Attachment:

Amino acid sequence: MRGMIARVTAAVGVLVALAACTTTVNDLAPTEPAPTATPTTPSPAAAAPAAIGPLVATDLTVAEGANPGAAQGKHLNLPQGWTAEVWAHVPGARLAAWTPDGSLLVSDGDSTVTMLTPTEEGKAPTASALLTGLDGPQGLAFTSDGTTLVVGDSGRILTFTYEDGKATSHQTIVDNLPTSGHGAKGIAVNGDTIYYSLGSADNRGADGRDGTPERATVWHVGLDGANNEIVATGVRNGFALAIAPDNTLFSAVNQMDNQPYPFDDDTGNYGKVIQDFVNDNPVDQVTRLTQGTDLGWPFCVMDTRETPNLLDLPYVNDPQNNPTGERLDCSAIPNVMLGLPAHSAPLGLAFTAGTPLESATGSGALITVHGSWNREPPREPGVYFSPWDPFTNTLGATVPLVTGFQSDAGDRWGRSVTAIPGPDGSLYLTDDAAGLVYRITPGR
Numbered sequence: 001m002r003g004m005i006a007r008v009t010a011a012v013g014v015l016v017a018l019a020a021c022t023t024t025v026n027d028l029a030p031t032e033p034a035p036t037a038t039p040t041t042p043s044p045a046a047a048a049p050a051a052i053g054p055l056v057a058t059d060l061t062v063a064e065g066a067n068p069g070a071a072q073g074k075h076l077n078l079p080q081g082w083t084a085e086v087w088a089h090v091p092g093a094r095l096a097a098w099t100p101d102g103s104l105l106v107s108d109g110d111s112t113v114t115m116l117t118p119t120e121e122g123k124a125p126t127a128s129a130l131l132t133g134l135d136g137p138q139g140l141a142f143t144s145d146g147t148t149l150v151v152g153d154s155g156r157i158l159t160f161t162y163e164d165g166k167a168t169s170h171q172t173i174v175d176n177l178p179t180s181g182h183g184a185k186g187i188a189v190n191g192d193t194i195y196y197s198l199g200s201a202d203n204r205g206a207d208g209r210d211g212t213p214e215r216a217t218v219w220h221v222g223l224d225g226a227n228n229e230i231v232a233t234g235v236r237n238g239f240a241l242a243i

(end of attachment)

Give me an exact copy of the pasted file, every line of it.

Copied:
Amino acid sequence: MRGMIARVTAAVGVLVALAACTTTVNDLAPTEPAPTATPTTPSPAAAAPAAIGPLVATDLTVAEGANPGAAQGKHLNLPQGWTAEVWAHVPGARLAAWTPDGSLLVSDGDSTVTMLTPTEEGKAPTASALLTGLDGPQGLAFTSDGTTLVVGDSGRILTFTYEDGKATSHQTIVDNLPTSGHGAKGIAVNGDTIYYSLGSADNRGADGRDGTPERATVWHVGLDGANNEIVATGVRNGFALAIAPDNTLFSAVNQMDNQPYPFDDDTGNYGKVIQDFVNDNPVDQVTRLTQGTDLGWPFCVMDTRETPNLLDLPYVNDPQNNPTGERLDCSAIPNVMLGLPAHSAPLGLAFTAGTPLESATGSGALITVHGSWNREPPREPGVYFSPWDPFTNTLGATVPLVTGFQSDAGDRWGRSVTAIPGPDGSLYLTDDAAGLVYRITPGR
Numbered sequence: 001m002r003g004m005i006a007r008v009t010a011a012v013g014v015l016v017a018l019a020a021c022t023t024t025v026n027d028l029a030p031t032e033p034a035p036t037a038t039p040t041t042p043s044p045a046a047a048a049p050a051a052i053g054p055l056v057a058t059d060l061t062v063a064e065g066a067n068p069g070a071a072q073g074k075h076l077n078l079p080q081g082w083t084a085e086v087w088a089h090v091p092g093a094r095l096a097a098w099t100p101d102g103s104l105l106v107s108d109g110d111s112t113v114t115m116l117t118p119t120e121e122g123k124a125p126t127a128s129a130l131l132t133g134l135d136g137p138q139g140l141a142f143t144s145d146g147t148t149l150v151v152g153d154s155g156r157i158l159t160f161t162y163e164d165g166k167a168t169s170h171q172t173i174v175d176n177l178p179t180s181g182h183g184a185k186g187i188a189v190n191g192d193t194i195y196y197s198l199g200s201a202d203n204r205g206a207d208g209r210d211g212t213p214e215r216a217t218v219w220h221v222g223l224d225g226a227n228n229e230i231v232a233t234g235v236r237n238g239f240a241l242a243i